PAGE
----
Electronic Discussion Groups
Public electronic discussion groups number in the thousands and cover almost
every scholarly, professional, and avocational topic imaginable. Users
from around the world can participate in these discussions whenever
and from wherever they prefer. In addition, untold numbers of private discussion
groups exist to promote communication among defined sets of participants.
A variety of types of email discussion groups are in use on the Internet and at Penn. Information about setting them up can be found on ISC's Mailing Lists site.
- Personal alias lists. Personal alias lists can be created in most email
products. They allow the creator (owner) to send messages to a single
address and have them go to all the individuals on the list.
- Reflector lists. Some email
servers, including campus servers such as Pobox, allow for "reflector lists," which are similar
to personal alias lists except that anyone, not only the owner, can send
a message to the list.
- Listserves. A more sophisticated type of list, known as a listserve,
has the same basic functionality as the other lists but uses list server
software to provide more formal administration tools: the ability to restrict
list membership and activities, message archiving, and other features.
Some commonly used list server systems are listserv, majordomo, and LISTPROC.
As you explore email discussion groups, you will discover that the administrative
addresses of many discussion groups include one or the other of these
In addition, ISC and the Registrar's Office provide course email lists in selected Schools. Details can be found on ISC's Class Mailing List Service page .
Once you've subscribed to an email list, postings come directly
to your email inbox -- you don't have to logon somewhere else to find
for them. At the same time, it's up to you to manage the messages you
receive, saving and deleting as necessary. Otherwise you may find your
mailbox inundated with mail, particularly if you subscribe to several
active lists. Many email
lists are moderated (the messages are reviewed for appropriate content
by the moderator or collected into a digest before going out to the group).
Thus the likelihood of trivial or repetitive discussionis reduced.
There are various ways to find email discussion groups to subscribe to. Web sites dedicated to related topics are one good
source of list addresses. Another is FAQs (frequently asked questions).
A third is directories such as
a searchable catalog of more than 8,000 public lists, and the
Directory of Scholarly and Professional E-Conferences (useful but last updated in 2002). Finally, you can send email to email@example.com as follows: leave the subject line blank and In the body of the message, type list global, a space, and then a word or partial word describing the type of listserv you're looking for. For example, if you were looking for a jazz-related listserv, you'd type list global jazz.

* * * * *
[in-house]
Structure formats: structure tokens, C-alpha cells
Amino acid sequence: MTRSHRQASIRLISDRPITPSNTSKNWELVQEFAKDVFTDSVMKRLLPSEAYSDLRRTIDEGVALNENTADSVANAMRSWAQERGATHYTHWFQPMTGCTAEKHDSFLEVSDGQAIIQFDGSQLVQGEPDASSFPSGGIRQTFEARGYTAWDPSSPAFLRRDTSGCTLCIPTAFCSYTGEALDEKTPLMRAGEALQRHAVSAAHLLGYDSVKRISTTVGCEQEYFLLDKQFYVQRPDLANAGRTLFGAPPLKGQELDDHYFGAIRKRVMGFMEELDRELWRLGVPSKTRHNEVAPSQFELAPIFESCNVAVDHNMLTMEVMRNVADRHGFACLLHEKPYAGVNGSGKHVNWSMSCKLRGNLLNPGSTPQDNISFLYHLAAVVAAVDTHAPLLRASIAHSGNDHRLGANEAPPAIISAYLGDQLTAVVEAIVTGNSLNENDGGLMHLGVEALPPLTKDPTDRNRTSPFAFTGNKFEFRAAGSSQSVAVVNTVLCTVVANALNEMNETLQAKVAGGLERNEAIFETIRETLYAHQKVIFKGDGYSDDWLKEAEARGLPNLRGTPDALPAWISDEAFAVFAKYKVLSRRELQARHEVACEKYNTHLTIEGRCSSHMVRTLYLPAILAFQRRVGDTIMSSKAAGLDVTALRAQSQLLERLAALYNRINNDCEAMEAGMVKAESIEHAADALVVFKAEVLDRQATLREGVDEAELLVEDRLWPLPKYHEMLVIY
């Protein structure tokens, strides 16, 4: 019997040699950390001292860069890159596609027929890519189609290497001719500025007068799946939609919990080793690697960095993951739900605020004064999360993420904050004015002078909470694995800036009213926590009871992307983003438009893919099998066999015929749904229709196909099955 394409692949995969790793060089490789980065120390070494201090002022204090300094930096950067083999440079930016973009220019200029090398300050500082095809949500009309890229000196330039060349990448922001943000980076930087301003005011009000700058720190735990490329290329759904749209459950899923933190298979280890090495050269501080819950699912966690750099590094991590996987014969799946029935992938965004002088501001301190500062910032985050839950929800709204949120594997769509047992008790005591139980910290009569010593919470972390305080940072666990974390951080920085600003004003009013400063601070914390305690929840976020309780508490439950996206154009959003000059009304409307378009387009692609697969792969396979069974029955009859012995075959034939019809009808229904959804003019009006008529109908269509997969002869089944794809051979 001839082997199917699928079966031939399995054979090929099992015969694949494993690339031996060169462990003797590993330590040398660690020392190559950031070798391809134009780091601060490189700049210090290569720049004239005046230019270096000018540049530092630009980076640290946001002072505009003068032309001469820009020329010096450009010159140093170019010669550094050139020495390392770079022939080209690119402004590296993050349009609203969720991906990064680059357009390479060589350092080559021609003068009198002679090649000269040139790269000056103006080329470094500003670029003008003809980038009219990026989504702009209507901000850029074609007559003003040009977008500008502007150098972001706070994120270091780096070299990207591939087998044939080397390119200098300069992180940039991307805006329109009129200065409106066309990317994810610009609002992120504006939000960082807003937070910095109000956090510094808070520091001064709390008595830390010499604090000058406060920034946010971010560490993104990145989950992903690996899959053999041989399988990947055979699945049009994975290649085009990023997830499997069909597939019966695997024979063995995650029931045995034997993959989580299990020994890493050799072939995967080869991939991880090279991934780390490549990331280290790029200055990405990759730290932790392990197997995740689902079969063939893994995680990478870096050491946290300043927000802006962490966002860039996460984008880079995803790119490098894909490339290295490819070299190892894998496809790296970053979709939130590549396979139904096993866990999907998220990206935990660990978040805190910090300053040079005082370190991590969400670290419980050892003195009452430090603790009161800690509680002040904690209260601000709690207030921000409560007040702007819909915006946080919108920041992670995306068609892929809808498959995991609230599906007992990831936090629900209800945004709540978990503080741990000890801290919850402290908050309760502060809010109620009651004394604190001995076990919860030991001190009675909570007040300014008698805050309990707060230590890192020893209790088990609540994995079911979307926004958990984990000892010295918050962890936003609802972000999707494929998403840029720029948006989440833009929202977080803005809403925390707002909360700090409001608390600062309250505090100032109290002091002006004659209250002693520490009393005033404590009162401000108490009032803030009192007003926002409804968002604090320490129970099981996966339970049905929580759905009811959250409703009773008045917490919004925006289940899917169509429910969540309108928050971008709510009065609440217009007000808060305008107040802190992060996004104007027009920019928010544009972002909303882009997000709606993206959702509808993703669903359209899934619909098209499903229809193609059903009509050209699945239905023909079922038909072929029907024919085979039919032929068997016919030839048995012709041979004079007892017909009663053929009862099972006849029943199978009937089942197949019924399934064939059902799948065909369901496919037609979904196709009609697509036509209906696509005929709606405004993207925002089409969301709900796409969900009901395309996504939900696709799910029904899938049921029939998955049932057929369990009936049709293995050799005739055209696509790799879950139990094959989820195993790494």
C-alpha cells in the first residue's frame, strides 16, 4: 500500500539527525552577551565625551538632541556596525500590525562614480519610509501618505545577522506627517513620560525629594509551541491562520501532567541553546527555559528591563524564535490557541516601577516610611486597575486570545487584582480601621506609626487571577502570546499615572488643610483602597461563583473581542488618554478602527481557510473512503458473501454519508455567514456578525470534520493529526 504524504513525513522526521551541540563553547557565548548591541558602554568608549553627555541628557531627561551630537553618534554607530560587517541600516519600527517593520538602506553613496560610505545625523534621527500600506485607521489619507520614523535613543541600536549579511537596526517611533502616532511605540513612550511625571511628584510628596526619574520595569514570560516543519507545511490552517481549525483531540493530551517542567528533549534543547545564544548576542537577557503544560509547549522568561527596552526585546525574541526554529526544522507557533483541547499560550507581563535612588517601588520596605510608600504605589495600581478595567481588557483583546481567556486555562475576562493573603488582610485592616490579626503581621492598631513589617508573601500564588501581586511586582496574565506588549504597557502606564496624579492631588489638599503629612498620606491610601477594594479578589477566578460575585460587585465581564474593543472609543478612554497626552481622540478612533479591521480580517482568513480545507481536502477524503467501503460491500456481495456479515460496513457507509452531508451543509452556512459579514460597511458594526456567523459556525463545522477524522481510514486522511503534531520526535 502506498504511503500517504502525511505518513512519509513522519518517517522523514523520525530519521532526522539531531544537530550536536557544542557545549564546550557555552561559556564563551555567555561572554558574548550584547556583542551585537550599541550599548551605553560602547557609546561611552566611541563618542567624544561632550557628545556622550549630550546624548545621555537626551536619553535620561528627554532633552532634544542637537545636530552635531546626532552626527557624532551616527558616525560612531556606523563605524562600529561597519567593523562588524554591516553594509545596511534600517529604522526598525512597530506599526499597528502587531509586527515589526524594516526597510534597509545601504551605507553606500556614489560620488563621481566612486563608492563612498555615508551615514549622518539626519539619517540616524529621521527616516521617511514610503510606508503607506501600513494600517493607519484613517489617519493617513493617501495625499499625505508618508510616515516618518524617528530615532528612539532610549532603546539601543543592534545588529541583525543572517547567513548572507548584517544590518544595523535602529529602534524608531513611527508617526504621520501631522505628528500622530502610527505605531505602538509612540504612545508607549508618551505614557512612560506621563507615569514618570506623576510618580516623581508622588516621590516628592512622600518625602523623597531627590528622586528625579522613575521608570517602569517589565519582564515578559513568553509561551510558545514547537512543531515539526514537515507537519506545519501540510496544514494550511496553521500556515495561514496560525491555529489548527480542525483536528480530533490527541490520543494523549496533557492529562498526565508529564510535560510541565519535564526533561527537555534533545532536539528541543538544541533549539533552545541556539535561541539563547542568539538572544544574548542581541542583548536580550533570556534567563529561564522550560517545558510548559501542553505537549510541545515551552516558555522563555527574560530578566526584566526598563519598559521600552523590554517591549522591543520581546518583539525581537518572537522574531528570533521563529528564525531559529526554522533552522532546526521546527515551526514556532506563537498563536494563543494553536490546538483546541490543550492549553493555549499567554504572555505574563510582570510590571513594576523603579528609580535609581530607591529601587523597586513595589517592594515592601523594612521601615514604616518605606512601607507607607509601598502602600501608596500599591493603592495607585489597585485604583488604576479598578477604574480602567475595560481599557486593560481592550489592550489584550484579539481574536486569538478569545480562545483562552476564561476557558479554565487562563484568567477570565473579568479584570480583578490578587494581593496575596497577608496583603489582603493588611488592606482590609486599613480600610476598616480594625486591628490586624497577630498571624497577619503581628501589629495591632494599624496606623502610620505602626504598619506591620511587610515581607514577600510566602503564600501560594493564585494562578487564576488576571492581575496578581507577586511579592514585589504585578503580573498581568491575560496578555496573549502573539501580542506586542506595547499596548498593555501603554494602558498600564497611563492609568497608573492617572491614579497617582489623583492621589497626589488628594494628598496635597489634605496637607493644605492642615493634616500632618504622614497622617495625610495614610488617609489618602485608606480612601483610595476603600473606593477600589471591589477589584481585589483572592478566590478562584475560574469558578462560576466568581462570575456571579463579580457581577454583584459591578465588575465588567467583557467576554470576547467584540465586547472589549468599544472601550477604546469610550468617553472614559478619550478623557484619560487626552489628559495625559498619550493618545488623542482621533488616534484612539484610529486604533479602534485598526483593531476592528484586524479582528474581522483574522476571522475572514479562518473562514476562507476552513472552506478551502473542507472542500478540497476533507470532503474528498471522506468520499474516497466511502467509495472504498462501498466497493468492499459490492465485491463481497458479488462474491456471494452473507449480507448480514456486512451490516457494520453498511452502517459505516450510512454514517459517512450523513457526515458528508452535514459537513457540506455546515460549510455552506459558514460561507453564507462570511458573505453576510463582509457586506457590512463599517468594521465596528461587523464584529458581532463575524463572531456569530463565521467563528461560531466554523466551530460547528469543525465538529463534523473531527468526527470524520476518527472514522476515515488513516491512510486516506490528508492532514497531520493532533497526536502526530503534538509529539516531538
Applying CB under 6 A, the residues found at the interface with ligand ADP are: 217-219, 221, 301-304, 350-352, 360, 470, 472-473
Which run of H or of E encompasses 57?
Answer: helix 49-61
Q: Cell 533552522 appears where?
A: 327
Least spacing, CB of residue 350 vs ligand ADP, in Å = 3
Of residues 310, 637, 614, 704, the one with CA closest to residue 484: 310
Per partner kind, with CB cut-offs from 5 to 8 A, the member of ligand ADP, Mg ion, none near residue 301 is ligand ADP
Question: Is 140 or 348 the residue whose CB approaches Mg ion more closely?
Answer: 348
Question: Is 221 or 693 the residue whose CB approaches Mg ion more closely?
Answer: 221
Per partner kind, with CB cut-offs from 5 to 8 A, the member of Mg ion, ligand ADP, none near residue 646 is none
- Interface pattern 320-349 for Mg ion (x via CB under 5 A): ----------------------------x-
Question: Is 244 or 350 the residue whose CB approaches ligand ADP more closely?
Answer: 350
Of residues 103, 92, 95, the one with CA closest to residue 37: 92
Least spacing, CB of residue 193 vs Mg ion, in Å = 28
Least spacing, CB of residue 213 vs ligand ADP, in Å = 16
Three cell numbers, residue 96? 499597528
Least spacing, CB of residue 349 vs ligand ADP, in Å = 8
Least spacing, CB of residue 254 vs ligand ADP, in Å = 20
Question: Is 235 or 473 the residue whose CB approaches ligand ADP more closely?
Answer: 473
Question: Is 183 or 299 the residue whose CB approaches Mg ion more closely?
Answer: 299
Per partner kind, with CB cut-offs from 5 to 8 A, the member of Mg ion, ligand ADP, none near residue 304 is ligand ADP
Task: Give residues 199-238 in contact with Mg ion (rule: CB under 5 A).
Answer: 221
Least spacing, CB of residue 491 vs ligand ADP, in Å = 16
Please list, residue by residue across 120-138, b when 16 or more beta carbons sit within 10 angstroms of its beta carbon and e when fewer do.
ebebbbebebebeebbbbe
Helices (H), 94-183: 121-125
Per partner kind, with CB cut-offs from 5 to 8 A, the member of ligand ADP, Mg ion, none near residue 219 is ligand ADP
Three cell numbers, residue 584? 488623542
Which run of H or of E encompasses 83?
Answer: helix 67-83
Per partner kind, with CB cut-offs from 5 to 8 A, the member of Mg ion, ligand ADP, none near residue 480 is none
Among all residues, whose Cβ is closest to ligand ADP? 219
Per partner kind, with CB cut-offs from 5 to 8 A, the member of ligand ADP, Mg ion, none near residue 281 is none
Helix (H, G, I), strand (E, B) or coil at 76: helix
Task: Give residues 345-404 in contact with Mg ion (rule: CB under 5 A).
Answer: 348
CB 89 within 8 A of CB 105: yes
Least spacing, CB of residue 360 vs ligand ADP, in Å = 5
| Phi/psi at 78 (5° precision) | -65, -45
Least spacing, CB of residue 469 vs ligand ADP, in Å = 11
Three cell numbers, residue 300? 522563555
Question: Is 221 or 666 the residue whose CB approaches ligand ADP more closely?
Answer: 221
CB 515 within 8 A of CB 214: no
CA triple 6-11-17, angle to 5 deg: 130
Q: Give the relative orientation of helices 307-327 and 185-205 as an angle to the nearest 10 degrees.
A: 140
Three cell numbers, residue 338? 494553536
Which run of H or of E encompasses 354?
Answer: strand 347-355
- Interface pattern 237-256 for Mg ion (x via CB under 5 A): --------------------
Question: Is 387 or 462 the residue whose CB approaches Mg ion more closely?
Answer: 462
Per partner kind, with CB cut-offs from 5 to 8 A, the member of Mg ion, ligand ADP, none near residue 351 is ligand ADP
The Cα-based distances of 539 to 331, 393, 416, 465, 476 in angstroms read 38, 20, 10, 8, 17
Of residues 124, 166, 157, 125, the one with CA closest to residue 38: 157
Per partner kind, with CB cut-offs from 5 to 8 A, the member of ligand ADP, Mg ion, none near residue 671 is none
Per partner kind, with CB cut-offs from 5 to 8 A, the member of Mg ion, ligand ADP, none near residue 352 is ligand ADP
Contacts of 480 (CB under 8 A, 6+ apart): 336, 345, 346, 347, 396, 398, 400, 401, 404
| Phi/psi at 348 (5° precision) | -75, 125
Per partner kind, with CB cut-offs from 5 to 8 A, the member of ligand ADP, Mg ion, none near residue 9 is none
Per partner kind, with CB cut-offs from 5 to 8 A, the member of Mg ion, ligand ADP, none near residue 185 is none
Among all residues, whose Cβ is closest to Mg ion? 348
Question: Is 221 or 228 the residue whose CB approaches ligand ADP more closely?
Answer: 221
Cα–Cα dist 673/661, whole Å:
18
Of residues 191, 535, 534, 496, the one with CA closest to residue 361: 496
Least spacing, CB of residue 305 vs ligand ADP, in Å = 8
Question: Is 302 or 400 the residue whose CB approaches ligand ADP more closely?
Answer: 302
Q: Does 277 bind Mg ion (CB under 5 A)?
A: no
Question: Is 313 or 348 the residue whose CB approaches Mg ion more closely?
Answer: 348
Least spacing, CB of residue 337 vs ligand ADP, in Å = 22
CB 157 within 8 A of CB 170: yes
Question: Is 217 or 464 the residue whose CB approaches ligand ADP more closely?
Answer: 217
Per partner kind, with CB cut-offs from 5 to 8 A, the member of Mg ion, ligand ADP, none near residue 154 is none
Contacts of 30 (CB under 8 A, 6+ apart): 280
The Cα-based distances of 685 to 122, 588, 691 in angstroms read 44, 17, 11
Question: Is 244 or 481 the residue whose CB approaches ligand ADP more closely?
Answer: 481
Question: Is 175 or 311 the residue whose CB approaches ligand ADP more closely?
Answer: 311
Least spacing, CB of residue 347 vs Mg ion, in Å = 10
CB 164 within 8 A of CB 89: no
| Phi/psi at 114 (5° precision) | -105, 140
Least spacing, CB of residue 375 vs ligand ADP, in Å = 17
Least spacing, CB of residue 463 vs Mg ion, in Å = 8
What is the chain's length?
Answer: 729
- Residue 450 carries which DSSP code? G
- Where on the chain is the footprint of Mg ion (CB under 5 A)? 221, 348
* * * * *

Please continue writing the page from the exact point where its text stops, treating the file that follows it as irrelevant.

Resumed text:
Email discussion groups available to the Internet public usually maintain
two network addresses -- one accepts subscriptions and administrative
commands; the other accepts email postings relevant to the discussion topic.
The examples in the next paragraph illustrate the use of the two addresses.
New users frequently confuse them, and send their subscribe or unsubscribe
commands to the posting address rather than to the administrative
address. For Penn students in courses that have a discussion group set up
this is generally not a problem: they're usually subscribed automatically
upon enrollment and get the correct posting address from their instructor.
To subscribe to a listserv discussion, you would send a request
to the list's administrative
address -- listserv@name of listserv -- and include the following
line in the
body of your message:
subscribe name of listserv
To post messages once you've subscribed, you would address them to
the name of the list followed by the machine
name. Because lists
vary in the way they are configured and managed, the above commands won't work
for all lists.
When you subscribe to a list you will usually get a welcome message with
information about where to get help, how to unsubscribe, etc. Be sure to save
that message -- you are bound to need it some day. You will also get a more
technical message that you can safely discard.
Some final words about email discussion groups. Some messages require personal
responses to the original sender; for other messages, it is more appropriate to
send your response to the list. Be careful when using your mailer's reply
command. Sometimes your reply will go to the entire list by default; other times,
replies are sent to the originator by default. Exactly what happens depends
on how the list was set up. If you send a message to a list you are subscribed
to and don't get a copy in your own mailbox, don't worry. Some lists are configured
so that senders do not get their own postings.